The latest edition of Pig Progress has been printed – and it is hot! The magazine touches on heat stress in lactating sows, goes on-farm in Germany and learns about good biosecurity measures to keep out African Swine Fever.
First things first – the heat stress. Editor Vincent ter Beek interviewed Prof Bruno Silva of the Universidade Federal de Minas Gerais, in Brazil. The country often has to make do with pig genetics that are shipped from abroad and that may not always be fully accommodated to tropical climates. Now what are Prof Silva’s own experiences with heat stress in sows – and what kind of solutions does he propose to alleviate the effects of heat stress? Pages 14-16
Prof Bruno Silva.
Argentina: hot in more than one sense
Heat is also jumping off the pages in our Country Focus series. Contributor Angelina Bruno analysed the booming situation in Argentina this month and what better illustration to use than a flaming barbecue full of sausages? Pages 6-7
Photo: Photo: Shutterstock
AI in groups – it is possible
Back to the sows, as there is more to say about them in this edition. Colleague Erik Ordelman visited the Kropp farm in Germany to observe a quite unique management approach. Owner Tim Kropp usually performs AI with his sows when they are in group housing. And yes, he’s happy with the results. Interesting to see how that works in practice? Flick to pages 20-21.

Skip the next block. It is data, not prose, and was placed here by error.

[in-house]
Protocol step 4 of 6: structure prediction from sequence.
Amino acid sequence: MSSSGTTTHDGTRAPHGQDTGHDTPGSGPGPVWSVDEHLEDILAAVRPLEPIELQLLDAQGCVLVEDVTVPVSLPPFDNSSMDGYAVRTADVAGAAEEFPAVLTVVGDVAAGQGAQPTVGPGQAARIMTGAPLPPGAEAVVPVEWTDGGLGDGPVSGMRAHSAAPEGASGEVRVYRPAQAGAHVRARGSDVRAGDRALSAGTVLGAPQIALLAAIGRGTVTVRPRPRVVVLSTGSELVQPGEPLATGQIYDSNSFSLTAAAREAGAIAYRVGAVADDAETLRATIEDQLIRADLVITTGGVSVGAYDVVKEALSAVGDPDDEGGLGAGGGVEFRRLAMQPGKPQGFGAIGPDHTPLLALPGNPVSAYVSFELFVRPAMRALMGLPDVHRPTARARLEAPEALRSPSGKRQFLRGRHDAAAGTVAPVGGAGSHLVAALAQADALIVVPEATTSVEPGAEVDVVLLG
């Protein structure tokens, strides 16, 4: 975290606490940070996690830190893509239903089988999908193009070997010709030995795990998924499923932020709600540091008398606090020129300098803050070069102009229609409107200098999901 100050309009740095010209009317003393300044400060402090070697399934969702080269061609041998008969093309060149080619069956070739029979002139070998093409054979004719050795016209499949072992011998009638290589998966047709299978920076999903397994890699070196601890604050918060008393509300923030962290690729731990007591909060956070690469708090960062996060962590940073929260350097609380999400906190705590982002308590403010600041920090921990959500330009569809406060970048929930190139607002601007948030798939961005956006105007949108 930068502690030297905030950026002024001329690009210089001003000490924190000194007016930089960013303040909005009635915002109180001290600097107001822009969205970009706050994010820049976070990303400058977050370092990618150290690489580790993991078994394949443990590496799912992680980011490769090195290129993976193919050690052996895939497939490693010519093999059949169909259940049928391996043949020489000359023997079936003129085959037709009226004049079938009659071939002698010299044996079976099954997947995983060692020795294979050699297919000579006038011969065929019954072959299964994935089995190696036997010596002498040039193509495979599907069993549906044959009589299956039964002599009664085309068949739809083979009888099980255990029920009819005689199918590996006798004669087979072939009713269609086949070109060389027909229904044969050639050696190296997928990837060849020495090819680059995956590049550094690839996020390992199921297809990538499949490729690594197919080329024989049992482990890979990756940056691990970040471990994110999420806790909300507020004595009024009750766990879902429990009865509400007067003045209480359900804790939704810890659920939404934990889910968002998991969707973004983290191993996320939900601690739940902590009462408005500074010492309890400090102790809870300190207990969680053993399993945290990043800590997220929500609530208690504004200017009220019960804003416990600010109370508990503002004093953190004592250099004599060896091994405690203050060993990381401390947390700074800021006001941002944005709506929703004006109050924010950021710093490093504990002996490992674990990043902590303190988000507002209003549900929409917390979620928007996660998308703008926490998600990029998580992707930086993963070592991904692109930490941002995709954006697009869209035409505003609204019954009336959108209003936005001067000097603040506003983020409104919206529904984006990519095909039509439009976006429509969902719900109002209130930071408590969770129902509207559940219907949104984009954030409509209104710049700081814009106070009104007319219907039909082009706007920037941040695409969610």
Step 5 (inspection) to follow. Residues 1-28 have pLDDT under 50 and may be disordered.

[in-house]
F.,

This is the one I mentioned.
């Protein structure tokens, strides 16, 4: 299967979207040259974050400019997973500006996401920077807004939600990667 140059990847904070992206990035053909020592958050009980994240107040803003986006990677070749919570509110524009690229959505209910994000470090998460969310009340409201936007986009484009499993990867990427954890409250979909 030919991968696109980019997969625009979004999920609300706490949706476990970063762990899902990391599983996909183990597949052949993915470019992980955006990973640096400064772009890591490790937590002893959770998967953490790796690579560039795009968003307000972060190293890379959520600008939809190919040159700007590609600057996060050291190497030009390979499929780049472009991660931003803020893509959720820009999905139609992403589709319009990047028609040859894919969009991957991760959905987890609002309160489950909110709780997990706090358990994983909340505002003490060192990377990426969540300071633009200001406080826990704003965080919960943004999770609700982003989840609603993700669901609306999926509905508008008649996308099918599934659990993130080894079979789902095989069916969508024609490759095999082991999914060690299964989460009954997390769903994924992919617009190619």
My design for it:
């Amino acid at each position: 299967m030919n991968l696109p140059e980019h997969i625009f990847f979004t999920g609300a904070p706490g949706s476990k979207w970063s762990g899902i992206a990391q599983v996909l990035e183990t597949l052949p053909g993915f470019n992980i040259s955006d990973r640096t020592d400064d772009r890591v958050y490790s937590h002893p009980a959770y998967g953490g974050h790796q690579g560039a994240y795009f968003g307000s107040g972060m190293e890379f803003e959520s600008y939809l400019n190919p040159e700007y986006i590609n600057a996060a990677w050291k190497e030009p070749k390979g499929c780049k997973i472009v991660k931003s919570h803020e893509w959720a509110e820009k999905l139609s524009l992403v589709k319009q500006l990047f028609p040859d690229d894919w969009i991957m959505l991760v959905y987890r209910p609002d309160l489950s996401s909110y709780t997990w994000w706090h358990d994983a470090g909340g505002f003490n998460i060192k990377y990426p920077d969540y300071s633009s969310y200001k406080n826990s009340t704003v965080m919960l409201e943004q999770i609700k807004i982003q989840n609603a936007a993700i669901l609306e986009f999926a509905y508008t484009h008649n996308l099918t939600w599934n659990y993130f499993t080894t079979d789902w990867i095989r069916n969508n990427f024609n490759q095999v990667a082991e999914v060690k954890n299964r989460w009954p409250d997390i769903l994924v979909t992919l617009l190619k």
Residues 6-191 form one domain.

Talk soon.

Sow insemination: Tim Kropp does not have any stalls and simply inseminates the animals while walking loose in the group. Photo: Michel Velderman
GreenFeed is a dealer of PIC genetics in Vietnam – but they have a successful integration business as well. The company even markets its own meat through online portals and delivery by motorcycle. Correspondent Stuart Lumb took a look – read the story on pages 12-13.
GreenFeed staff doing last checks before insemination of dry sows. Photo: GreenFeed
Which feed components might be bitter for pigs?
When feed tastes bitter for pigs, the animals may not be as keen to consume it. So is it possible to actually avoid bitterness? Dr Gemma Tedo and Dr Sofia Morais, on behalf of Spanish feed additives company Lucta analyse several bitter compounds. Pages 8-9
How to deal with bitterness for pigs. Photo: Hans Banus
Pig Progress also looks back to the recent edition of the European Symposium for Pig Health Management, held in Barcelona, Spain, last May. From African Swine Fever to biosecurity and from smallholders to large litters – a lot of different topics were discussed. Read them back on pages 24-26.
How to keep African Swine Fever out?
Th fact that African Swine Fever is creeping west bit by bit in European wild boar populations is no secret these days. Luckily, the virus is not very infectious and with proper biosecurity measures it is possible to stay away from ASF-related problems. Correspondent Matthew Wedzerai sums up some do’s and don’ts. Pages 28-29
Every visitor should be provided with specific clothes and footwear to be used and left on the farm. Photo: Henk Riswick
Like every edition, also this edition has a number of interesting columns. On page 17, John Gadd touches on the question whether or not airbags are suitable for sows kept in groups on straw – and Dr Monique Pairis-Garcia looks back to a refreshing event in Denmark, discussing group housing for sows during lactation, page 34.